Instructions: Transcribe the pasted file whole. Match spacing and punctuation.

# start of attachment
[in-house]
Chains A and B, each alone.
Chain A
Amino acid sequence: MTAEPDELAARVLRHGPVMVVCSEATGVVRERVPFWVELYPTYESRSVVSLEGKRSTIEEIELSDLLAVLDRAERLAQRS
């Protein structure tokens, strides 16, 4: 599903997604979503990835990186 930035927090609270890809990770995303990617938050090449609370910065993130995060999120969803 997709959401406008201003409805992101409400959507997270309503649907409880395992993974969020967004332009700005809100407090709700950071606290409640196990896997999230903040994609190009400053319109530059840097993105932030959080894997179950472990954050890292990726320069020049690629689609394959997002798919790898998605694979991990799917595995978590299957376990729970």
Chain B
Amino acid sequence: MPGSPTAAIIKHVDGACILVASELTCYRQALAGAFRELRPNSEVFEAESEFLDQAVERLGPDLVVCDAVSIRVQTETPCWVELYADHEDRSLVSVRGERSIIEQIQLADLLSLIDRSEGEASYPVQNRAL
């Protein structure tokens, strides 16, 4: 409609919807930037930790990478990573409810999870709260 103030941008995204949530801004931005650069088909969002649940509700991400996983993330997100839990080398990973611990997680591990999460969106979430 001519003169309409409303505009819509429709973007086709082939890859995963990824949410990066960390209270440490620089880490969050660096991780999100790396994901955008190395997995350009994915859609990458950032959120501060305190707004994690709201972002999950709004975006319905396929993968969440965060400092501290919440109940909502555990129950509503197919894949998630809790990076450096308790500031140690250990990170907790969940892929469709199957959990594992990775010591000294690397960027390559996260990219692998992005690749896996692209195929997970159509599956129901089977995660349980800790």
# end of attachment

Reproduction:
[in-house]
Chains A and B, each alone.
Chain A
Amino acid sequence: MTAEPDELAARVLRHGPVMVVCSEATGVVRERVPFWVELYPTYESRSVVSLEGKRSTIEEIELSDLLAVLDRAERLAQRS
């Protein structure tokens, strides 16, 4: 599903997604979503990835990186 930035927090609270890809990770995303990617938050090449609370910065993130995060999120969803 997709959401406008201003409805992101409400959507997270309503649907409880395992993974969020967004332009700005809100407090709700950071606290409640196990896997999230903040994609190009400053319109530059840097993105932030959080894997179950472990954050890292990726320069020049690629689609394959997002798919790898998605694979991990799917595995978590299957376990729970």
Chain B
Amino acid sequence: MPGSPTAAIIKHVDGACILVASELTCYRQALAGAFRELRPNSEVFEAESEFLDQAVERLGPDLVVCDAVSIRVQTETPCWVELYADHEDRSLVSVRGERSIIEQIQLADLLSLIDRSEGEASYPVQNRAL
């Protein structure tokens, strides 16, 4: 409609919807930037930790990478990573409810999870709260 103030941008995204949530801004931005650069088909969002649940509700991400996983993330997100839990080398990973611990997680591990999460969106979430 001519003169309409409303505009819509429709973007086709082939890859995963990824949410990066960390209270440490620089880490969050660096991780999100790396994901955008190395997995350009994915859609990458950032959120501060305190707004994690709201972002999950709004975006319905396929993968969440965060400092501290919440109940909502555990129950509503197919894949998630809790990076450096308790500031140690250990990170907790969940892929469709199957959990594992990775010591000294690397960027390559996260990219692998992005690749896996692209195929997970159509599956129901089977995660349980800790």